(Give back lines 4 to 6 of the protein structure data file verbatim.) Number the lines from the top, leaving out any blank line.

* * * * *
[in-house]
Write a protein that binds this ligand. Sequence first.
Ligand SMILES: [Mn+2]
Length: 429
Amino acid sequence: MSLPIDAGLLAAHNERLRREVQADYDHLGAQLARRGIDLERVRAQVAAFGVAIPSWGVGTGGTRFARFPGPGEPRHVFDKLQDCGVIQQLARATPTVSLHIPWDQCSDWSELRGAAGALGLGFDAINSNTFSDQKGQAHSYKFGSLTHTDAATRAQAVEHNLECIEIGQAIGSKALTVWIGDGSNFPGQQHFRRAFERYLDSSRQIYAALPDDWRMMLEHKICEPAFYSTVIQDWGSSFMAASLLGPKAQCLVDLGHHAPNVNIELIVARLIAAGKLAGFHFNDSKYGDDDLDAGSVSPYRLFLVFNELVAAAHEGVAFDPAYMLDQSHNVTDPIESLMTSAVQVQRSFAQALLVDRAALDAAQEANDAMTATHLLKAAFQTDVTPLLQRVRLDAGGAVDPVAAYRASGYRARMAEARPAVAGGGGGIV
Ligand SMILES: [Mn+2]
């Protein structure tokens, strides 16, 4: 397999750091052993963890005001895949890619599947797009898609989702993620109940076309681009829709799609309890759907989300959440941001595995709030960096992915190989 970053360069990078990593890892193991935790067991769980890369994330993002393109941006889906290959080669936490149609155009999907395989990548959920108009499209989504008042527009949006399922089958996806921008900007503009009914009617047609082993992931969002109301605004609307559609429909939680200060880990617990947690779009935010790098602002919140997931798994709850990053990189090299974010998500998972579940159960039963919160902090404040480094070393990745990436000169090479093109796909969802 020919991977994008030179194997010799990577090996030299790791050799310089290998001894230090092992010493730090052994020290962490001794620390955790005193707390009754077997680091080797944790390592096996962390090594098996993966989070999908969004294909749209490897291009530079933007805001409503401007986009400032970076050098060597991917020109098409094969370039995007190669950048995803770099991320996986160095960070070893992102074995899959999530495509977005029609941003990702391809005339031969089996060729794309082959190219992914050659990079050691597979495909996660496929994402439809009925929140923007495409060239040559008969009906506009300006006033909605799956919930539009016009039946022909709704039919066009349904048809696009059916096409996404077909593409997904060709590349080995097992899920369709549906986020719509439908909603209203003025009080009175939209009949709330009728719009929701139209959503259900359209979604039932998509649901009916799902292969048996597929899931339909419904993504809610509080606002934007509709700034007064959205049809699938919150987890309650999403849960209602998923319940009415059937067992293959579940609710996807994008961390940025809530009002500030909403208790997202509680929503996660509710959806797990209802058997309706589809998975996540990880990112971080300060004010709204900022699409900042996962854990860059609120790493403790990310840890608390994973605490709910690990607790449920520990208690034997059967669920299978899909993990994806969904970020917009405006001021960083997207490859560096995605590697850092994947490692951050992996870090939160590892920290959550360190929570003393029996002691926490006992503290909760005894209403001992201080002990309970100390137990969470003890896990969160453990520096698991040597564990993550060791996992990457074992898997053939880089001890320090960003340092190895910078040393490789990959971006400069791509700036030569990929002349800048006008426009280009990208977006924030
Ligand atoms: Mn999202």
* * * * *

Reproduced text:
Length: 429
Amino acid sequence: MSLPIDAGLLAAHNERLRREVQADYDHLGAQLARRGIDLERVRAQVAAFGVAIPSWGVGTGGTRFARFPGPGEPRHVFDKLQDCGVIQQLARATPTVSLHIPWDQCSDWSELRGAAGALGLGFDAINSNTFSDQKGQAHSYKFGSLTHTDAATRAQAVEHNLECIEIGQAIGSKALTVWIGDGSNFPGQQHFRRAFERYLDSSRQIYAALPDDWRMMLEHKICEPAFYSTVIQDWGSSFMAASLLGPKAQCLVDLGHHAPNVNIELIVARLIAAGKLAGFHFNDSKYGDDDLDAGSVSPYRLFLVFNELVAAAHEGVAFDPAYMLDQSHNVTDPIESLMTSAVQVQRSFAQALLVDRAALDAAQEANDAMTATHLLKAAFQTDVTPLLQRVRLDAGGAVDPVAAYRASGYRARMAEARPAVAGGGGGIV
Ligand SMILES: [Mn+2]